Pickleball gaining a rabid following in GJ

Vincent Sassin dives for the ball as his partner Ken Hobbs watches during a game of pickleball against Ben Beauregard and Nancy Friedman at the Linclom Park tennis courts. Pickleball is a miniature tennis game, played with paddles and a whiffle ball and the pickleball court fits into one side of a tennis court.



Alan and Nancy Friedman heard about Pickleball in Casa Grande, Ariz., where they spend the winter.

After one match, they were hooked. Now they’re trying to spread the word about the hybrid sport in Grand Junction.

Pickleball started in 1965 when Congressmen Bill Bell and Joel Pritchard and their families made up a game in their backyard near Seattle using some damaged badminton rackets and a perforated plastic ball a little bigger than a whiffle ball.

They replaced the badminton rackets with paddles and created rules, relying heavily on badminton. They named their discovery after the Pritchards’ family dog, Pickles, who would take the balls that came his way.

The game is played on a hard surface, usually tennis courts. The Pickleball court is 44 feet long and 20 feet wide with a 36-inch net across the court. It includes a 7-foot non-volley zone on each side of the net and service lines down the middle of the court like a service box in tennis.

Players are not permitted to stand in the non-volley zone unless the ball bounces. The rules prevent players from “smashing” a ball to prevent unfair advantages and for safety.

The game can be played in a singles or doubles format, indoors or outdoors.

The Friedmans, who moved to Grand Junction a few years ago when they retired, were invited to play with some friends in Arizona. The sport has blossomed among senior citizens in Casa Grande, they said.

“In Casa Grande, they took out two tennis courts and put in eight Pickleball courts (across the width of the tennis court),” Nancy Friedman said.

In March 2008, the Friedmans approached former Grand Junction Parks & Recreation Director Joe Stevens about the game.

In September, the city recreation department put on a clinic at the Bookcliff Activities Center with the help of the Friedmans. The event wasn’t as well received as they hoped, but the Friedmans weren’t giving up.

This summer, the city put a Pickleball court on a tennis court at Lincoln Park. The lines were originally taped to the court but when the Friedmans got to the court, the lines had been removed.

The next day, Parks Superintendent Mike Vendegna had the lines painted on the court.

The city purchased six Pickleball paddles and several Pickleball balls that can be checked out without charge at the Parks & Recreation office at Lincoln Park.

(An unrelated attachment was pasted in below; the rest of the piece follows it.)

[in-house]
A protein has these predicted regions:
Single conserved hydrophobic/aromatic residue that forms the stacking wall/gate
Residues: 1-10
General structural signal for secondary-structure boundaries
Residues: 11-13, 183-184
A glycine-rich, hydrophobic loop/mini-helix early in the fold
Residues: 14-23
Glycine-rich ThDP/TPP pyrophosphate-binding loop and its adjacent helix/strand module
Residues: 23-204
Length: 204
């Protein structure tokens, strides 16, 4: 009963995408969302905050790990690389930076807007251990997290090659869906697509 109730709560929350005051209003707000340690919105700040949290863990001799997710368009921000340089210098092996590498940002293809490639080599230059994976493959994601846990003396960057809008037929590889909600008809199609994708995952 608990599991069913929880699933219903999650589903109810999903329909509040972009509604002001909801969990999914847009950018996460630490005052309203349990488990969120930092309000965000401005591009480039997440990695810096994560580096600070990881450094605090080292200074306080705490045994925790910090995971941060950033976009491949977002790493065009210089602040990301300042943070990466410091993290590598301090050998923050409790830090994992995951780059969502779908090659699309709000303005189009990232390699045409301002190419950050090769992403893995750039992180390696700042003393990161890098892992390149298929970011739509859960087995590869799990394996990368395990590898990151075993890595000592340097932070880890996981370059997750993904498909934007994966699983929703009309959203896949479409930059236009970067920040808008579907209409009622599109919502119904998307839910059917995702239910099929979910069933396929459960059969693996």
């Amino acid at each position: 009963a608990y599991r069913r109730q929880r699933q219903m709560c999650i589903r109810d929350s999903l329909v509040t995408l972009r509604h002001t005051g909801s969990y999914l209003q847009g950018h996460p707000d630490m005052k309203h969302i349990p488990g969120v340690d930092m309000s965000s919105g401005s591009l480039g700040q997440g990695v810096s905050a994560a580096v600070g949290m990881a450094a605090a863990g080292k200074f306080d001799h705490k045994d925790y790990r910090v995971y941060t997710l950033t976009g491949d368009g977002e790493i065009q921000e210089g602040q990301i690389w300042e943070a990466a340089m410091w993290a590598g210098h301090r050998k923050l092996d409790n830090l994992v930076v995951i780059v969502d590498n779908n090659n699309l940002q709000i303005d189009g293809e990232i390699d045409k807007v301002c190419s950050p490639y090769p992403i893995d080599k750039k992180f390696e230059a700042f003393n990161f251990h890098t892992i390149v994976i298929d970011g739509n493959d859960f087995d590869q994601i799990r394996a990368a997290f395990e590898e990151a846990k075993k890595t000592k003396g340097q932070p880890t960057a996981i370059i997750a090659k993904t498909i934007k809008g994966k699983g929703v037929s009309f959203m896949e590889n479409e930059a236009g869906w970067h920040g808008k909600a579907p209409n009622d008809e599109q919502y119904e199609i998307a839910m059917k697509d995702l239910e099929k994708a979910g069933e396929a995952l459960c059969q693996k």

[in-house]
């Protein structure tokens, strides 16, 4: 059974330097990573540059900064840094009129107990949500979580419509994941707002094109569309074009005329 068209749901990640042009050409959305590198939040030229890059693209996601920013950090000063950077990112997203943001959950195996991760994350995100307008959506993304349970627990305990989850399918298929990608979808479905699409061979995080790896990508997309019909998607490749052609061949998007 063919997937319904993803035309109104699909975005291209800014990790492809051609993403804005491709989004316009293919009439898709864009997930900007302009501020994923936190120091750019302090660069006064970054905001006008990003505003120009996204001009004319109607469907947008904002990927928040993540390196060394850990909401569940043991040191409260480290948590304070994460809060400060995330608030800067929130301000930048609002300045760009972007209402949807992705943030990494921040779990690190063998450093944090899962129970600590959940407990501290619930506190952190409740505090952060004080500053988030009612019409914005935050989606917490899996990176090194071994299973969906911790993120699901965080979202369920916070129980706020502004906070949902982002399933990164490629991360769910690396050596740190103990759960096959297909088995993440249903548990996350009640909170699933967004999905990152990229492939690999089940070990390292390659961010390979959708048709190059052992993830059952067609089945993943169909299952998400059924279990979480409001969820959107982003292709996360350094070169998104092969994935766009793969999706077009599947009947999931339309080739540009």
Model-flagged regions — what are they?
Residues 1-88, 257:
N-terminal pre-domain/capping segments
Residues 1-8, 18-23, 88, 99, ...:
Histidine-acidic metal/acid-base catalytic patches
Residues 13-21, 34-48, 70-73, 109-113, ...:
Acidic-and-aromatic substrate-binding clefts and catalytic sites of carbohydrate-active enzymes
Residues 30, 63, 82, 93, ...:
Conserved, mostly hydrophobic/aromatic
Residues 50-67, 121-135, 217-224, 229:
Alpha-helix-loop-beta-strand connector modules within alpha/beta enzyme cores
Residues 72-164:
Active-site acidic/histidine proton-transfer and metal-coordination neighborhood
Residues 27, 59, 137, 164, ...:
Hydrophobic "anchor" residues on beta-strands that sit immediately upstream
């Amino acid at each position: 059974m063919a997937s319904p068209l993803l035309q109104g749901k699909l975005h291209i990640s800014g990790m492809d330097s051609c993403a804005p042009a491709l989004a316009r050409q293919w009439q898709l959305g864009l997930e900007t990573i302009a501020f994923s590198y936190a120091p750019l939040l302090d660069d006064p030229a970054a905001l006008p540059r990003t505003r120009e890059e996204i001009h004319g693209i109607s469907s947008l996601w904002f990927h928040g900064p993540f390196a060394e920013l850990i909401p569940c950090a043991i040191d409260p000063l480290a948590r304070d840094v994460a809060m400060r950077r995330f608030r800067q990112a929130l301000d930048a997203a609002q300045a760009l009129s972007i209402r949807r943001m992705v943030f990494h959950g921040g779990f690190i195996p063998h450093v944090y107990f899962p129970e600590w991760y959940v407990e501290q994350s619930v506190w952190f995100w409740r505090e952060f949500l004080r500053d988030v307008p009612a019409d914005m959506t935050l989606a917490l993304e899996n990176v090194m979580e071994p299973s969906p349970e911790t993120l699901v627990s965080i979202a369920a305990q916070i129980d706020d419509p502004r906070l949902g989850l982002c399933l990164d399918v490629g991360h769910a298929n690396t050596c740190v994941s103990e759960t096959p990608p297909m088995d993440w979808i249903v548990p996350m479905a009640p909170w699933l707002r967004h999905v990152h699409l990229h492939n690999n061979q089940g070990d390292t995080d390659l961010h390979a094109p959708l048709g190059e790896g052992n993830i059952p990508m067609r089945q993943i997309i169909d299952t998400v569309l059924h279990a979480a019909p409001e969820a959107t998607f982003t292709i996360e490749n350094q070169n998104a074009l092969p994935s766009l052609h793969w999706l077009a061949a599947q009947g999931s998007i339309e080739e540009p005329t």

“They came out here (to the Lincoln Park courts) and played on a regular tennis net higher than a Pickleball net,” Grand Junction Recreation Superintendent Traci Wieland said. “We built the net (support) internally and ordered the net.”

The court was put up three weeks ago and players are starting to show up regularly. Last Friday, there were nine players, more than enough for two doubles matches.

The Friedmans have up to a dozen players in their group, including their Grand Junction neighbors Ben and Shirley Beauregard.

Elaine Lesley of Grand Junction tried the clinic last fall and comes out to play when she can.

“I saw something in the activity book last fall,” Lesley said. “I love it. I didn’t know Pickleball existed.”

Vincent Sassin of Grand Junction was playing tennis at Lincoln Park when Eldon and Ann Beard invited him to play Pickleball a couple of weeks ago.

“I fell in love with the game,” Sassin said. “It’s a lot of fun. I didn’t even know the sport existed.

I’m going to play Pickleball every day I can. This is a good group of people.”

Marianne North met the Friedmans in the Grand Junction Newcomers Club and was invited to play.

“I was looking for outdoor exercise,” North said. “I wanted something that would make me move, without running as fast as tennis. I like playing Ping-Pong in the winter, but I wanted something outside.

“It has a lot more social and aerobic benefits than walking. I had a partial knee replacement and really can’t run. I can play without running in this sport. The court is smaller, and with doubles, you don’t need to run at all.”

The Friedmans said there is usually someone playing every weekday morning except Thursday.

With the growing interest, plans are under way to set up a second court at Lincoln Park.

There were 1,426 USA Pickleball Association members as of April 26, 2009, an increase of 41.9 percent since the beginning of 2009.

The first Pickleball tournament took place in 1976 and the USA Pickleball Association was formed in 1984. For more on Pickleball, go to http://www.usapa.org.


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